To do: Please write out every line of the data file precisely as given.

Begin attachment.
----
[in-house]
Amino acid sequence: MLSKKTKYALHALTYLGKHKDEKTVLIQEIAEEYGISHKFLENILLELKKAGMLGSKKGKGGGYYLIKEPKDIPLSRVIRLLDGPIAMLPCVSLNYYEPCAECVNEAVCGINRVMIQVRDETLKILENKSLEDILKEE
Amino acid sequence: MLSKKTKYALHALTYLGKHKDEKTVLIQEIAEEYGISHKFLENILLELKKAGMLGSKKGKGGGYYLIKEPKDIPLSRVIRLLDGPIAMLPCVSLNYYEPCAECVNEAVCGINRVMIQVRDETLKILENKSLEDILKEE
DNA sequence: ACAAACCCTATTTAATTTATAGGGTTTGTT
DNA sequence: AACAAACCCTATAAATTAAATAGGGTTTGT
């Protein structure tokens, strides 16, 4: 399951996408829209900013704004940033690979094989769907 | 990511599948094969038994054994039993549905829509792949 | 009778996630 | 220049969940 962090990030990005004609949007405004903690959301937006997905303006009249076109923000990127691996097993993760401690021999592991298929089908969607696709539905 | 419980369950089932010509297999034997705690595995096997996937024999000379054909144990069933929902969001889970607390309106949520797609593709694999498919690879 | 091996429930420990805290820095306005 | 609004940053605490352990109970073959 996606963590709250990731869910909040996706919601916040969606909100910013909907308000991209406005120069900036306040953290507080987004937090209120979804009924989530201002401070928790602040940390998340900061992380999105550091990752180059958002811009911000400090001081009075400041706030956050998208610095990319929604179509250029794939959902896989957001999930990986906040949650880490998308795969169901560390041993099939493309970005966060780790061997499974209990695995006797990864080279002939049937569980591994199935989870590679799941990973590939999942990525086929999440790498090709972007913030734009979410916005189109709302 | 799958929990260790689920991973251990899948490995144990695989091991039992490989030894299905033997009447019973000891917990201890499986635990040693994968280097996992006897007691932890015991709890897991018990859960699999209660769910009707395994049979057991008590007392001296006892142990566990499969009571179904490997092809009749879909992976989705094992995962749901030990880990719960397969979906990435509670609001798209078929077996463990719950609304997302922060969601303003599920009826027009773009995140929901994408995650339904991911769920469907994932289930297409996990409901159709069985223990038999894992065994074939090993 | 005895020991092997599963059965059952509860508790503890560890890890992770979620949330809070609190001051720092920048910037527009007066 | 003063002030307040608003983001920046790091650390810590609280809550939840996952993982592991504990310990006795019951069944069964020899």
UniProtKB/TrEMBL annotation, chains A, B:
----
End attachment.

[in-house]
Amino acid sequence: MLSKKTKYALHALTYLGKHKDEKTVLIQEIAEEYGISHKFLENILLELKKAGMLGSKKGKGGGYYLIKEPKDIPLSRVIRLLDGPIAMLPCVSLNYYEPCAECVNEAVCGINRVMIQVRDETLKILENKSLEDILKEE
Amino acid sequence: MLSKKTKYALHALTYLGKHKDEKTVLIQEIAEEYGISHKFLENILLELKKAGMLGSKKGKGGGYYLIKEPKDIPLSRVIRLLDGPIAMLPCVSLNYYEPCAECVNEAVCGINRVMIQVRDETLKILENKSLEDILKEE
DNA sequence: ACAAACCCTATTTAATTTATAGGGTTTGTT
DNA sequence: AACAAACCCTATAAATTAAATAGGGTTTGT
């Protein structure tokens, strides 16, 4: 399951996408829209900013704004940033690979094989769907 | 990511599948094969038994054994039993549905829509792949 | 009778996630 | 220049969940 962090990030990005004609949007405004903690959301937006997905303006009249076109923000990127691996097993993760401690021999592991298929089908969607696709539905 | 419980369950089932010509297999034997705690595995096997996937024999000379054909144990069933929902969001889970607390309106949520797609593709694999498919690879 | 091996429930420990805290820095306005 | 609004940053605490352990109970073959 996606963590709250990731869910909040996706919601916040969606909100910013909907308000991209406005120069900036306040953290507080987004937090209120979804009924989530201002401070928790602040940390998340900061992380999105550091990752180059958002811009911000400090001081009075400041706030956050998208610095990319929604179509250029794939959902896989957001999930990986906040949650880490998308795969169901560390041993099939493309970005966060780790061997499974209990695995006797990864080279002939049937569980591994199935989870590679799941990973590939999942990525086929999440790498090709972007913030734009979410916005189109709302 | 799958929990260790689920991973251990899948490995144990695989091991039992490989030894299905033997009447019973000891917990201890499986635990040693994968280097996992006897007691932890015991709890897991018990859960699999209660769910009707395994049979057991008590007392001296006892142990566990499969009571179904490997092809009749879909992976989705094992995962749901030990880990719960397969979906990435509670609001798209078929077996463990719950609304997302922060969601303003599920009826027009773009995140929901994408995650339904991911769920469907994932289930297409996990409901159709069985223990038999894992065994074939090993 | 005895020991092997599963059965059952509860508790503890560890890890992770979620949330809070609190001051720092920048910037527009007066 | 003063002030307040608003983001920046790091650390810590609280809550939840996952993982592991504990310990006795019951069944069964020899």
UniProtKB/TrEMBL annotation, chains A, B: